RANDOLPH, NJ- The Randolph High School Speech and Debate Team saw a record number of students succeed at the 46th Annual Harvard National Speech and Debate Tournament, with eight students advancing to the octafinals and one person advancing to the quarterfinals. The tournament was held the weekend of February 14-16 on the university campus. 

The team had a tremendous showing with the following students in elimination rounds: 

  • Sophomores Kaily Kim and Chris Sebastian, triple octafinalists in Junior Varsity Public Forum

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  • Junior Bala Saravana, triple octafinalist in Junior Varsity Lincoln Douglas 

  • Freshman Sammy Kouidri, double octafinalist in Junior Varsity Lincoln Douglas 

  • Seniors Anthony Demelfi (director of membership) and Tyler Harper (captain of interpretation), octafinalists in Duo Interpretation 

  • Senior Mallika Ravi (captain of public address), octafinalist in Informative Speaking 

  • Senior Katherine Hu (vice president of speech), octafinalist in Original Oratory 

  • Senior Brenna McConnell (vice president of debate), quarterfinalist in Congressional Debate

With 47 team members attending, this was also the largest group of competitors that RHS had ever sent to the tournament. Since so many debaters and speakers were in attendance, all events were well represented. This included speech events such as Humorous Interpretation, Duo Interpretation, Dramatic Interpretation and more. This also included debate events such as Lincoln Douglas, Public Forum, and more. 

“We packed a coach bus with 47 RHS Speech & Debate team members and four teacher chaperones, which is the largest group we’ve ever had go to Harvard,” explained Peter Quinn, an RHS history teacher and coach of the speech and debate team. “In the end, nine students qualified for elimination rounds, the most we’ve had in over a decade. They did RHS proud and showed us as a team to be reckoned with on the national circuit.” 

“The Harvard Tournament is always one of the most anticipated tournaments for not only our team but the speech and debate community as a whole,” said senior Julia Yan, president of the speech and debate team. “Each year our team gains more and more members and with it comes new and interesting talent. I am overall proud of all of our members for preparing and competing on a national level. And after the many rounds and many late nights, we all come back from Harvard a little bit more grown up than before.”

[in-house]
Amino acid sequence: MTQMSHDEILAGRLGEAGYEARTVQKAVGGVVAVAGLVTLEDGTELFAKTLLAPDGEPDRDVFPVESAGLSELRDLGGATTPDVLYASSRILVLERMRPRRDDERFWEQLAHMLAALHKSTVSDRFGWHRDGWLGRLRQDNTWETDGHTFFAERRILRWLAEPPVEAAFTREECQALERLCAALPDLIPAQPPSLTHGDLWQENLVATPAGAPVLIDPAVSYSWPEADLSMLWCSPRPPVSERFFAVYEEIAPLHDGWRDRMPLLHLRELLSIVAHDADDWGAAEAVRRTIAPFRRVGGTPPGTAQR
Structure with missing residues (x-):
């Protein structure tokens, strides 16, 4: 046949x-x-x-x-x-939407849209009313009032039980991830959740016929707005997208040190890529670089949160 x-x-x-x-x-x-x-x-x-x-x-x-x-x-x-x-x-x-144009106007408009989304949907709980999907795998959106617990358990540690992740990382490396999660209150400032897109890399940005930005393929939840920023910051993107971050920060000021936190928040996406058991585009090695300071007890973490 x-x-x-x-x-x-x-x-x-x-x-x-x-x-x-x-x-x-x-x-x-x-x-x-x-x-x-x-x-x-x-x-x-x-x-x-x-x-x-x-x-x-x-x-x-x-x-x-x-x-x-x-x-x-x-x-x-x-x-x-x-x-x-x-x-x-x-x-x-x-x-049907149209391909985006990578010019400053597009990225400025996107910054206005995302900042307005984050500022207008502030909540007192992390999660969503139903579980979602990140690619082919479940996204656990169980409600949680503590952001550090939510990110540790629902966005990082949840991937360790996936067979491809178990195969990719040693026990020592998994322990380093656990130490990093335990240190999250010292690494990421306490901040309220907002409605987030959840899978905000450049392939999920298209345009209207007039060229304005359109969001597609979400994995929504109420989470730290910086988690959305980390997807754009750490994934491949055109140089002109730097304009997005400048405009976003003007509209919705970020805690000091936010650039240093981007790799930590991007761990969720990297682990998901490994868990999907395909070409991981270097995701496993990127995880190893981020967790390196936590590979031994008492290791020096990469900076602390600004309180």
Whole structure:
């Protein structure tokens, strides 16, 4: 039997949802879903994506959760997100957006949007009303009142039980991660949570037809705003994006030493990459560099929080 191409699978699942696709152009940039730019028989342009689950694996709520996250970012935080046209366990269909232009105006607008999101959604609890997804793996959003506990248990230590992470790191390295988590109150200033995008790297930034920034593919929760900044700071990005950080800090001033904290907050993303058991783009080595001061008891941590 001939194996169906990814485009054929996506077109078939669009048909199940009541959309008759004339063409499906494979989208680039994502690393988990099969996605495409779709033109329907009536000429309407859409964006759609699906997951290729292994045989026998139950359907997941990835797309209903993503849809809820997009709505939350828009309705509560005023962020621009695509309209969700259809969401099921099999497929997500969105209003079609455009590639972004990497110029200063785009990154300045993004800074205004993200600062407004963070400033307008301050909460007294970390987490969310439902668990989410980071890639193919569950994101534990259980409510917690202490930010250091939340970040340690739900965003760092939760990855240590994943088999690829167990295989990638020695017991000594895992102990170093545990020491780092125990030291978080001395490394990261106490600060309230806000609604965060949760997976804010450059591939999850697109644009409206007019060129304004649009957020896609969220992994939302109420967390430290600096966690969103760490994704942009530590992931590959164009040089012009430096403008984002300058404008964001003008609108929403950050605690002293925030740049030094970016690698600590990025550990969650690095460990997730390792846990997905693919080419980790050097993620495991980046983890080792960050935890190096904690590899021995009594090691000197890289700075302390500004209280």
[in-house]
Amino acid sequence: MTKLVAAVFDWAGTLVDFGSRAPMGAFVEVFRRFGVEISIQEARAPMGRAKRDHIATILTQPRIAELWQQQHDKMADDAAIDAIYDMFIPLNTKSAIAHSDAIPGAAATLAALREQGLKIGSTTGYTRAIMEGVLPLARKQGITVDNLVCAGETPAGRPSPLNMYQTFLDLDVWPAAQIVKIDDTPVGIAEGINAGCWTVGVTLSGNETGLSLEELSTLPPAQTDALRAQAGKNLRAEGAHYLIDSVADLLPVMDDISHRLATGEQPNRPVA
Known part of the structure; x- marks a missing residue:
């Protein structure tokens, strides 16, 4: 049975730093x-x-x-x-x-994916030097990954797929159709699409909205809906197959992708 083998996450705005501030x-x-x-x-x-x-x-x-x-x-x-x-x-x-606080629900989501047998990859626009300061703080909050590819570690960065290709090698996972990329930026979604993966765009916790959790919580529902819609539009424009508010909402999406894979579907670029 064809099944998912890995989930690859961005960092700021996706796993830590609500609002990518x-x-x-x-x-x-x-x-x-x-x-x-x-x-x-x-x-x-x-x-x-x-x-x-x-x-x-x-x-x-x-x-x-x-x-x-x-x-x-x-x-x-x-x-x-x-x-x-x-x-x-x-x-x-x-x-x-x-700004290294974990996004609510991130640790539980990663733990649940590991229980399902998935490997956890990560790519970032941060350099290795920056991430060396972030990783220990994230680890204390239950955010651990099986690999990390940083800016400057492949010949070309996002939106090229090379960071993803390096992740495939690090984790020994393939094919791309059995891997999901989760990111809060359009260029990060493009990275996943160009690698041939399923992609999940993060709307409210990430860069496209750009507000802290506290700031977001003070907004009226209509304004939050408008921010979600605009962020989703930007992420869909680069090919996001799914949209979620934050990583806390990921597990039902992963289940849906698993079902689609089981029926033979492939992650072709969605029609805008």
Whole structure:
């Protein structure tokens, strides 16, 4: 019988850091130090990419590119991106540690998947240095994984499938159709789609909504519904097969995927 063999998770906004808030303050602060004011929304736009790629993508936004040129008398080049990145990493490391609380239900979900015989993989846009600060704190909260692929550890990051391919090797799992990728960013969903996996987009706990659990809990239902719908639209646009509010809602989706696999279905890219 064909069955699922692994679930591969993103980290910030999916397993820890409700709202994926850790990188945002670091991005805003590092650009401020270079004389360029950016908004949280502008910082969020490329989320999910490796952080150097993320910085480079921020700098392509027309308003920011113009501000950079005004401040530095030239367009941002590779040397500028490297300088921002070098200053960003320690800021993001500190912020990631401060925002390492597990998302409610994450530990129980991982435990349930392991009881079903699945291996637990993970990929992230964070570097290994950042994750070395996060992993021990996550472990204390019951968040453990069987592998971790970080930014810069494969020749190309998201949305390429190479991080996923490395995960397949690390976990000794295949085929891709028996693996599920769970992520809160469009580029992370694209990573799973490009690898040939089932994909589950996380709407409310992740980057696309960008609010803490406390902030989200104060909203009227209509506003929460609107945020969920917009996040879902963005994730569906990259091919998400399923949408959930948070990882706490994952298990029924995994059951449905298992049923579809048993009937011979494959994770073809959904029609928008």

Harvard is not only a national tournament, but it’s also a unique experience due to the independence for every individual competitor. The T-train was right outside the hotel, where competitors could travel to the Harvard Campus in a matter of minutes. After a long day of debating or speaking, competitors were able to travel and explore the campus as well as nearby restaurants and shops in the beautiful town and buy cool merchandise indicating that they have been to Harvard and in the city of Cambridge. 

“Even if they didn’t qualify [to advance to final rounds], everyone has something to take away from this tournament--great memories, team bonding, useful feedback,” Quinn said. “We’re hoping that this sets the tone as we head into the home stretch of the season.”  

The next tournament is at Montville High School on Feb. 22. 

Editor's Note:Sean Wattman is a student at RHS participating in a Journalism with Tapinto Randolph.